The Hardy Boys 3.10 – Life on the Line

And you thought Roger Stone got sent to prison.

So I was really looking forward to this one. As I mentioned last month, Glen A. Larson had arranged for two of The New Avengers‘ principal directors to come work on this series. Ray Austin had directed the “Defection to Paradise” two-parter, and Sidney Hayers got the nightmare assignment of piggybacking production onto a motocross dirt bike event. No studio work here: the entire episode was filmed on location.

Sadly, Hayers somehow got lumbered with three guest stars and despite twenty years calling action – he helmed the brilliant “Hidden Tiger” episode of The Avengers, for heaven’s sake! – he couldn’t coax a performance from any of the three that didn’t have me cringing. Ana Alicia plays a biker who comes on to Frank so strongly that Frank should be looking for a candid camera, Adam Roarke is so out of tune with the other performers that I honestly wondered whether the man was an actor at all, and then there’s Leonard Stone, who you may remember as Violet Beauregard’s dad in Willy Wonka, who decides to play his mobster as Bela Lugosi dressed as the Penguin. At one point, he phones a hotel and puts a handkerchief over the receiver to disguise his voice. The clerk probably told the cops “He sounded like Bela Lugosi with a handkerchief over the receiver.”

Regular readers should know I’m very sympathetic to actors and don’t want to criticize them unduly, but these three were honestly so bad that I was looking for Joel/Mike/Jonah and the Bots in the corner of the screen. It got so awful that at one point Jack Kelly shouted “Hey, Joe!” and I replied to myself, of course, “where you goin’ with that gun in your hand?” And poor Ana Alicia, after her umpteenth scene of staring wide-eyed at Frank and, one inch from his face, bellowing “You like me, don’t you? I DON’T TAKE NO FOR AN ANSWER!” had Marie interrupting the program to tell our son to run ten miles from any woman who does that, and to never, ever do that to anybody else.

But our son is eight and likes dirt and loud engines and dune buggies chasing motorcycles. He was so taken with it, and the series overall, that he genuinely shocked me when he said “When I show my kids this show, I’m going to tell them that guy looks like Bela Lugosi dressed as the Penguin.”

Unfortunately for viewers like him who enjoyed the show, the third season was a flop and ABC cancelled it. Information on the third season is a little thin on the ground, and I’ve not been able to determine whether they had actually ordered 22 episodes and axed it while number ten was in production, or if it was a short order in the first place.

But Parker Stevenson and Shaun Cassidy had some interesting projects in their futures. Cassidy later created the splendid cult series American Gothic, and has written and produced several network series, including that Emerald City show that I forgot to watch. He’s currently an executive producer on NBC’s medical drama New Amsterdam. Stevenson later starred, briefly, in a cult favorite series of his own, Probe, which was co-created by Isaac Asimov and sounds a little like MacGyver solving impossible crimes. He did a year on Baywatch among dozens of other projects. He currently stars as one of the grownups on Netflix’s Greenhouse Academy.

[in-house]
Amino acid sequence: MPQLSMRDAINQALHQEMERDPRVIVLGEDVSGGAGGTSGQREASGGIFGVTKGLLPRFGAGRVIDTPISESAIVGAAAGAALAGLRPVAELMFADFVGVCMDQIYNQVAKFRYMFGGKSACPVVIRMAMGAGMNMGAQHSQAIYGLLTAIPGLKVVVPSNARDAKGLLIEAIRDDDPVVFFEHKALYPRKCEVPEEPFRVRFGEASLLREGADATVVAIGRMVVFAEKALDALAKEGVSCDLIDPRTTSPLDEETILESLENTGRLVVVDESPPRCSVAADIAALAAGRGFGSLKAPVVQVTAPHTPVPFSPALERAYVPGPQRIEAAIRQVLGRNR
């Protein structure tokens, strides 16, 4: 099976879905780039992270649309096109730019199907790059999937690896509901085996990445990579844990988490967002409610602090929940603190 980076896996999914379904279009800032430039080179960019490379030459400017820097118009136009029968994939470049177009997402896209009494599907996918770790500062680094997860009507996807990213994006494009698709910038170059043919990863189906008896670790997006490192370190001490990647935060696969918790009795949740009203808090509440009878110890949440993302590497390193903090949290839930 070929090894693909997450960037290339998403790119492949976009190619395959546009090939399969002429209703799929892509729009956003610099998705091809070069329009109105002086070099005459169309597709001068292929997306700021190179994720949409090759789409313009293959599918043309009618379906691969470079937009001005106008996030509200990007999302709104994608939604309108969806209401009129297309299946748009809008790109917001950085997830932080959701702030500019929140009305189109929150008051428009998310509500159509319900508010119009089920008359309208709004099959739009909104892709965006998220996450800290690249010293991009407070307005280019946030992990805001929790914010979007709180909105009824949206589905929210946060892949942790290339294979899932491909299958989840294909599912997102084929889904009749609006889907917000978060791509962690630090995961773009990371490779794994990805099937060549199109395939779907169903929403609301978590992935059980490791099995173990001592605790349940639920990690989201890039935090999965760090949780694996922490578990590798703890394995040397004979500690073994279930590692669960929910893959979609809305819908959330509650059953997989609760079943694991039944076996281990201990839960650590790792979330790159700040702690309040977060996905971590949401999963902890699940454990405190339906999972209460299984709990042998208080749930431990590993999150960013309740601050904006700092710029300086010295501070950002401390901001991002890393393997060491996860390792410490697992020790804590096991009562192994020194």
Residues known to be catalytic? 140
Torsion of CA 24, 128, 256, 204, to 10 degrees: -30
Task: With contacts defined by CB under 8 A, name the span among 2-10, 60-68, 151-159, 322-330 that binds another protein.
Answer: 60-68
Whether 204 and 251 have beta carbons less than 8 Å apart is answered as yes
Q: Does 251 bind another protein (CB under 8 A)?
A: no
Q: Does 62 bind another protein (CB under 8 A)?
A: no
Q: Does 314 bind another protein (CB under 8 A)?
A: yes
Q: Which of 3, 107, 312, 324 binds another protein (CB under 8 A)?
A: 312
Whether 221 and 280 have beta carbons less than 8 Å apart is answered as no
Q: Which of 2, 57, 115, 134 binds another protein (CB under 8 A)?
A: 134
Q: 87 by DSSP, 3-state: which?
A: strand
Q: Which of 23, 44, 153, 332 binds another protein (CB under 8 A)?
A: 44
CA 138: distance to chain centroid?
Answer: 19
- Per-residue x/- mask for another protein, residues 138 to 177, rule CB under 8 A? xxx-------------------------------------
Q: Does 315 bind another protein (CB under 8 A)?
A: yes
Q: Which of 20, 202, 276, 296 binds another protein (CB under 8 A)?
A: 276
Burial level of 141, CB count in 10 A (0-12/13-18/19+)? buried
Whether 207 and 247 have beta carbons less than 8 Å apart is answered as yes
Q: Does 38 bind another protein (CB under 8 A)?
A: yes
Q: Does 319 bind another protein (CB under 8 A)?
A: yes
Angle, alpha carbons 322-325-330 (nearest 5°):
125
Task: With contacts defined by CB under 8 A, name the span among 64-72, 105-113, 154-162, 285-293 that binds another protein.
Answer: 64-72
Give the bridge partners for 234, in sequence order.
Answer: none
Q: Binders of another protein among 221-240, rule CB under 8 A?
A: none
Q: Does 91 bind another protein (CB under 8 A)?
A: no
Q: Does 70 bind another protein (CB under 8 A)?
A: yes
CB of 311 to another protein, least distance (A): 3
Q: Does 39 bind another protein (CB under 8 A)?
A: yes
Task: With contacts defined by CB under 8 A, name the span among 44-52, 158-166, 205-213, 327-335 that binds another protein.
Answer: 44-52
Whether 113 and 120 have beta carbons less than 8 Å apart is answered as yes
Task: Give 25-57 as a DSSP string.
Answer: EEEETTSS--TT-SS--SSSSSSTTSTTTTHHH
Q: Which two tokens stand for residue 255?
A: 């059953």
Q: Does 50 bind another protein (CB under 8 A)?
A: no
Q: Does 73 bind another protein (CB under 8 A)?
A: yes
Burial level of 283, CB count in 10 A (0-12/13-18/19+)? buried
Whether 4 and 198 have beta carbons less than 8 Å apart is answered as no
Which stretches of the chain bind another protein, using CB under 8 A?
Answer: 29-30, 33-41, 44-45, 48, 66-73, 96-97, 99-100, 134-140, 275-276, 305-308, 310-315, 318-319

Even though Jack Kelly was just an ancillary part of this season, I did want to indulge myself with a moment here. Kelly was just a few years away from retirement when The Hardy Boys was cancelled, but piggybacking what I said about westerns last night, he had three more performances as Bart Maverick ahead of him. He played Bart in one episode of Brother Bret’s short-lived 1982 NBC series, and in one of Kenny Rogers’ Gambler TV-movies. Between them, he played “Jack Kelly as Bart” in an episode of Glen A. Larson’s The Fall Guy that also put some other legendary TV cowboys back in the saddle: Roy Rogers, Pat Buttram, and James Drury and Doug McClure playing themselves playing The Virginian and Trampas. I watched that episode on YouTube in the middle of the night. Nostalgia for old westerns is mostly beyond me, but I certainly had a chuckle or two.

The Hardy Boys 3.9 – Game Plan

I used to really, really enjoy playing Monopoly in college – the sort of all-night, stamina-demanding Monopoly with enough wheeling and dealing to basically aggravate my opponents into submission – and so I spotted where this one was going immediately. Steven E. de Souza’s story uses a dice game at an Atlantic City casino as a code for drop spots on a criminal’s route. Unfortunately, I also spotted where this story was cheating with the rolls and also reorganizing the drops from the order we see them when characters revisit the tale afterward.

Continuity errors are usually small and perfectly forgivable, but every stinking time the plot came back to the game, this episode made a brand new foul. Go directly to jail, Hardy Boys!

The Hardy Boys 3.8 – Defection to Paradise (part two)